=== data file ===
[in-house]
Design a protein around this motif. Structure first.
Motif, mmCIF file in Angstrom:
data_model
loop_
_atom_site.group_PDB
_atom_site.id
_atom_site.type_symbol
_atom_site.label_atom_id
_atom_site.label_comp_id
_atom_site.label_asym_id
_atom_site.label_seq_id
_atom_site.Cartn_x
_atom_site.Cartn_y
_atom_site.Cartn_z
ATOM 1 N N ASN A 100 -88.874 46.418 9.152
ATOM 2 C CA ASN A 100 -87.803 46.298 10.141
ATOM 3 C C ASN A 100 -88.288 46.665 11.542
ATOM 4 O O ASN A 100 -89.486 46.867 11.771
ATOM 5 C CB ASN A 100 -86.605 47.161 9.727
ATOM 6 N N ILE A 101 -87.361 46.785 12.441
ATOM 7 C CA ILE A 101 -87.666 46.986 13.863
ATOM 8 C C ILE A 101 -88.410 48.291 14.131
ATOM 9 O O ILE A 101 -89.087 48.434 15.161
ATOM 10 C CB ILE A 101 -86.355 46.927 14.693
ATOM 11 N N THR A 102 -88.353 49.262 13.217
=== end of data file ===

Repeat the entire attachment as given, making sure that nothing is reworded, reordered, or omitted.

[in-house]
Design a protein around this motif. Structure first.
Motif, mmCIF file in Angstrom:
data_model
loop_
_atom_site.group_PDB
_atom_site.id
_atom_site.type_symbol
_atom_site.label_atom_id
_atom_site.label_comp_id
_atom_site.label_asym_id
_atom_site.label_seq_id
_atom_site.Cartn_x
_atom_site.Cartn_y
_atom_site.Cartn_z
ATOM 1 N N ASN A 100 -88.874 46.418 9.152
ATOM 2 C CA ASN A 100 -87.803 46.298 10.141
ATOM 3 C C ASN A 100 -88.288 46.665 11.542
ATOM 4 O O ASN A 100 -89.486 46.867 11.771
ATOM 5 C CB ASN A 100 -86.605 47.161 9.727
ATOM 6 N N ILE A 101 -87.361 46.785 12.441
ATOM 7 C CA ILE A 101 -87.666 46.986 13.863
ATOM 8 C C ILE A 101 -88.410 48.291 14.131
ATOM 9 O O ILE A 101 -89.087 48.434 15.161
ATOM 10 C CB ILE A 101 -86.355 46.927 14.693
ATOM 11 N N THR A 102 -88.353 49.262 13.217